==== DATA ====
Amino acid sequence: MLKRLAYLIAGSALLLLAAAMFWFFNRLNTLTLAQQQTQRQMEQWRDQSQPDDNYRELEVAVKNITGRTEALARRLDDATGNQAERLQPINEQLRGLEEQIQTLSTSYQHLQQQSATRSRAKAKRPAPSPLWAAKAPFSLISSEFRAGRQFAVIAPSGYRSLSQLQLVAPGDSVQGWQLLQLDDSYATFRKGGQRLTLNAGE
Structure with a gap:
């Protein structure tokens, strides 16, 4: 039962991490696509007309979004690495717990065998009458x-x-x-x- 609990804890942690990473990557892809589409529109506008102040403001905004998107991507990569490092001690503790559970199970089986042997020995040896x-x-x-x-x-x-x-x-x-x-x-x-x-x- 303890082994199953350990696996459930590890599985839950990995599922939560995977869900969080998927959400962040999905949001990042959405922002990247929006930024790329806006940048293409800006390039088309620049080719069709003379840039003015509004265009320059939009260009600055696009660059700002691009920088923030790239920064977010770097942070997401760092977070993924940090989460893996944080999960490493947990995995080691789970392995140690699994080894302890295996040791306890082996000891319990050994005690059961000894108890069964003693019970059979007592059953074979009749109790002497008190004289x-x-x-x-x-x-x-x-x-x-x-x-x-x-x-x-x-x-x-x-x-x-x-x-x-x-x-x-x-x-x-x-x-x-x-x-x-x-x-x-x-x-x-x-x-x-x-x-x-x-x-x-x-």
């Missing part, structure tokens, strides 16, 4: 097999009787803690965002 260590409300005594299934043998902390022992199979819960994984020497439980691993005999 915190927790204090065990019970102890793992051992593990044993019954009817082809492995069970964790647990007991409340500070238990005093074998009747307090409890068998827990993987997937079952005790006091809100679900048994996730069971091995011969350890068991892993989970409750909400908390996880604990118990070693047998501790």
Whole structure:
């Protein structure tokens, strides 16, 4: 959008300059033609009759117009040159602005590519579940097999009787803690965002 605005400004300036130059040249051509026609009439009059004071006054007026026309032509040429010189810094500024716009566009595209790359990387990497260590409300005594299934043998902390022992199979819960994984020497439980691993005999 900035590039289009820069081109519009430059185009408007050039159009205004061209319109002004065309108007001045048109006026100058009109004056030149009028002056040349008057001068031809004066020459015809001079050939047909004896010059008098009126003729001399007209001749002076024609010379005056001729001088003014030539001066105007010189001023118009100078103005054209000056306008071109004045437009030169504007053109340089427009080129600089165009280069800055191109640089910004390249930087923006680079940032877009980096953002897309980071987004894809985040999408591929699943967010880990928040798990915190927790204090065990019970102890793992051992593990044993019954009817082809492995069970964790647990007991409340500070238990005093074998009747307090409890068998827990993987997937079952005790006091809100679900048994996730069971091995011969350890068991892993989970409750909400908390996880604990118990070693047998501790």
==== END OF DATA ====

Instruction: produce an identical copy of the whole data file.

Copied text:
Amino acid sequence: MLKRLAYLIAGSALLLLAAAMFWFFNRLNTLTLAQQQTQRQMEQWRDQSQPDDNYRELEVAVKNITGRTEALARRLDDATGNQAERLQPINEQLRGLEEQIQTLSTSYQHLQQQSATRSRAKAKRPAPSPLWAAKAPFSLISSEFRAGRQFAVIAPSGYRSLSQLQLVAPGDSVQGWQLLQLDDSYATFRKGGQRLTLNAGE
Structure with a gap:
């Protein structure tokens, strides 16, 4: 039962991490696509007309979004690495717990065998009458x-x-x-x- 609990804890942690990473990557892809589409529109506008102040403001905004998107991507990569490092001690503790559970199970089986042997020995040896x-x-x-x-x-x-x-x-x-x-x-x-x-x- 303890082994199953350990696996459930590890599985839950990995599922939560995977869900969080998927959400962040999905949001990042959405922002990247929006930024790329806006940048293409800006390039088309620049080719069709003379840039003015509004265009320059939009260009600055696009660059700002691009920088923030790239920064977010770097942070997401760092977070993924940090989460893996944080999960490493947990995995080691789970392995140690699994080894302890295996040791306890082996000891319990050994005690059961000894108890069964003693019970059979007592059953074979009749109790002497008190004289x-x-x-x-x-x-x-x-x-x-x-x-x-x-x-x-x-x-x-x-x-x-x-x-x-x-x-x-x-x-x-x-x-x-x-x-x-x-x-x-x-x-x-x-x-x-x-x-x-x-x-x-x-």
């Missing part, structure tokens, strides 16, 4: 097999009787803690965002 260590409300005594299934043998902390022992199979819960994984020497439980691993005999 915190927790204090065990019970102890793992051992593990044993019954009817082809492995069970964790647990007991409340500070238990005093074998009747307090409890068998827990993987997937079952005790006091809100679900048994996730069971091995011969350890068991892993989970409750909400908390996880604990118990070693047998501790």
Whole structure:
């Protein structure tokens, strides 16, 4: 959008300059033609009759117009040159602005590519579940097999009787803690965002 605005400004300036130059040249051509026609009439009059004071006054007026026309032509040429010189810094500024716009566009595209790359990387990497260590409300005594299934043998902390022992199979819960994984020497439980691993005999 900035590039289009820069081109519009430059185009408007050039159009205004061209319109002004065309108007001045048109006026100058009109004056030149009028002056040349008057001068031809004066020459015809001079050939047909004896010059008098009126003729001399007209001749002076024609010379005056001729001088003014030539001066105007010189001023118009100078103005054209000056306008071109004045437009030169504007053109340089427009080129600089165009280069800055191109640089910004390249930087923006680079940032877009980096953002897309980071987004894809985040999408591929699943967010880990928040798990915190927790204090065990019970102890793992051992593990044993019954009817082809492995069970964790647990007991409340500070238990005093074998009747307090409890068998827990993987997937079952005790006091809100679900048994996730069971091995011969350890068991892993989970409750909400908390996880604990118990070693047998501790």